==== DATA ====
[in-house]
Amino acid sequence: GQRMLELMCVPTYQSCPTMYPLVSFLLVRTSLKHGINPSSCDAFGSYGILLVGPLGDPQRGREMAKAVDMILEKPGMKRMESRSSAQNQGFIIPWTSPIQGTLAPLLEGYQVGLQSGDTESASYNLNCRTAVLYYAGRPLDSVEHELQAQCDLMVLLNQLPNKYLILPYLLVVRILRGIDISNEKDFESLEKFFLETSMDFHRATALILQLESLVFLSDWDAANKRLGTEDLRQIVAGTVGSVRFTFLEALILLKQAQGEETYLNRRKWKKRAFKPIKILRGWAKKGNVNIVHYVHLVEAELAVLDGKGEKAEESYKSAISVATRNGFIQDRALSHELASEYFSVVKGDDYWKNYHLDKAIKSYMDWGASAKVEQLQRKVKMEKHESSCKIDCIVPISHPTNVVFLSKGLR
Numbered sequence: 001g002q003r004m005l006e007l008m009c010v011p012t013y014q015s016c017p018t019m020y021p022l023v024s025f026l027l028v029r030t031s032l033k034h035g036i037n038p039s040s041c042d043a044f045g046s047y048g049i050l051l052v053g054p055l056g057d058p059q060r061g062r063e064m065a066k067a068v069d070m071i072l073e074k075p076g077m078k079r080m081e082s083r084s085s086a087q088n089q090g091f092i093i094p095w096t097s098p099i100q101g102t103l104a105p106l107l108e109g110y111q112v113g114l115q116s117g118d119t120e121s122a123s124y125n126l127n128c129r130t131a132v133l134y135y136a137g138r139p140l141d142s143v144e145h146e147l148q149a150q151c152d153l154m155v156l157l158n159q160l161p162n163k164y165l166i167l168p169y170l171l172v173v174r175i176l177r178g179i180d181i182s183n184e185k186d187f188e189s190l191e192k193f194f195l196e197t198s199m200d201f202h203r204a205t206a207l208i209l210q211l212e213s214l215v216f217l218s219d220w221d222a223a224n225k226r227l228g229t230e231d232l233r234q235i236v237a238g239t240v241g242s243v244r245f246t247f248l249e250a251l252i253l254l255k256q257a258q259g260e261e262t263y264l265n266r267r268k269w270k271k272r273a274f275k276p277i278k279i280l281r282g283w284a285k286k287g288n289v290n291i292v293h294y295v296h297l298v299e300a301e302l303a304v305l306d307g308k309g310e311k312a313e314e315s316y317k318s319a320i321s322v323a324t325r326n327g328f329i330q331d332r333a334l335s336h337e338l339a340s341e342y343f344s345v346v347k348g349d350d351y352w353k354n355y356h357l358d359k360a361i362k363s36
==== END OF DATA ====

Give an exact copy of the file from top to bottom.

[in-house]
Amino acid sequence: GQRMLELMCVPTYQSCPTMYPLVSFLLVRTSLKHGINPSSCDAFGSYGILLVGPLGDPQRGREMAKAVDMILEKPGMKRMESRSSAQNQGFIIPWTSPIQGTLAPLLEGYQVGLQSGDTESASYNLNCRTAVLYYAGRPLDSVEHELQAQCDLMVLLNQLPNKYLILPYLLVVRILRGIDISNEKDFESLEKFFLETSMDFHRATALILQLESLVFLSDWDAANKRLGTEDLRQIVAGTVGSVRFTFLEALILLKQAQGEETYLNRRKWKKRAFKPIKILRGWAKKGNVNIVHYVHLVEAELAVLDGKGEKAEESYKSAISVATRNGFIQDRALSHELASEYFSVVKGDDYWKNYHLDKAIKSYMDWGASAKVEQLQRKVKMEKHESSCKIDCIVPISHPTNVVFLSKGLR
Numbered sequence: 001g002q003r004m005l006e007l008m009c010v011p012t013y014q015s016c017p018t019m020y021p022l023v024s025f026l027l028v029r030t031s032l033k034h035g036i037n038p039s040s041c042d043a044f045g046s047y048g049i050l051l052v053g054p055l056g057d058p059q060r061g062r063e064m065a066k067a068v069d070m071i072l073e074k075p076g077m078k079r080m081e082s083r084s085s086a087q088n089q090g091f092i093i094p095w096t097s098p099i100q101g102t103l104a105p106l107l108e109g110y111q112v113g114l115q116s117g118d119t120e121s122a123s124y125n126l127n128c129r130t131a132v133l134y135y136a137g138r139p140l141d142s143v144e145h146e147l148q149a150q151c152d153l154m155v156l157l158n159q160l161p162n163k164y165l166i167l168p169y170l171l172v173v174r175i176l177r178g179i180d181i182s183n184e185k186d187f188e189s190l191e192k193f194f195l196e197t198s199m200d201f202h203r204a205t206a207l208i209l210q211l212e213s214l215v216f217l218s219d220w221d222a223a224n225k226r227l228g229t230e231d232l233r234q235i236v237a238g239t240v241g242s243v244r245f246t247f248l249e250a251l252i253l254l255k256q257a258q259g260e261e262t263y264l265n266r267r268k269w270k271k272r273a274f275k276p277i278k279i280l281r282g283w284a285k286k287g288n289v290n291i292v293h294y295v296h297l298v299e300a301e302l303a304v305l306d307g308k309g310e311k312a313e314e315s316y317k318s319a320i321s322v323a324t325r326n327g328f329i330q331d332r333a334l335s336h337e338l339a340s341e342y343f344s345v346v347k348g349d350d351y352w353k354n355y356h357l358d359k360a361i362k363s36